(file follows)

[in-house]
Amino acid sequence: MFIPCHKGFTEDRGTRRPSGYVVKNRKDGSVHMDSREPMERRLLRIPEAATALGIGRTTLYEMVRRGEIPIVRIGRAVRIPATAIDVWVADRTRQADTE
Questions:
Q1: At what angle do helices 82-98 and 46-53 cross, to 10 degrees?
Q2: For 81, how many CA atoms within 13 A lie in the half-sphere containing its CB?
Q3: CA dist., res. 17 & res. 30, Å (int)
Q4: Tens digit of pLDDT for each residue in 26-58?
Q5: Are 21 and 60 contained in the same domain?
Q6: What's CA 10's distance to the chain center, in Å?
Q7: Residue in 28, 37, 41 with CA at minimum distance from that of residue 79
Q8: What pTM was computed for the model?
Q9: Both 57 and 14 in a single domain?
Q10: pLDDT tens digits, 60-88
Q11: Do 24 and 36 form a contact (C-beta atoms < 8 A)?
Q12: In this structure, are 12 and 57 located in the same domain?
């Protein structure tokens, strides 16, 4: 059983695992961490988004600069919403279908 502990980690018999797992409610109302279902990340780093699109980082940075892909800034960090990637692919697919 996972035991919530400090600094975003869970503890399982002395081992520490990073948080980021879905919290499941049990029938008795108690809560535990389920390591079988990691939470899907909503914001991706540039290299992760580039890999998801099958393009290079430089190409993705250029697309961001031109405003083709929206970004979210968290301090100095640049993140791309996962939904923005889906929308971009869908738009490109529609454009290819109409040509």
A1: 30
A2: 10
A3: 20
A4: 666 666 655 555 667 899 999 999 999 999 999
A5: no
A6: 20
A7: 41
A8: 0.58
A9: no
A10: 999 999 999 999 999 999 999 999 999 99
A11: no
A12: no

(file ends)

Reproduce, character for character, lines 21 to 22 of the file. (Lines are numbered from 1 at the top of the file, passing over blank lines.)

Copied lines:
A5: no
A6: 20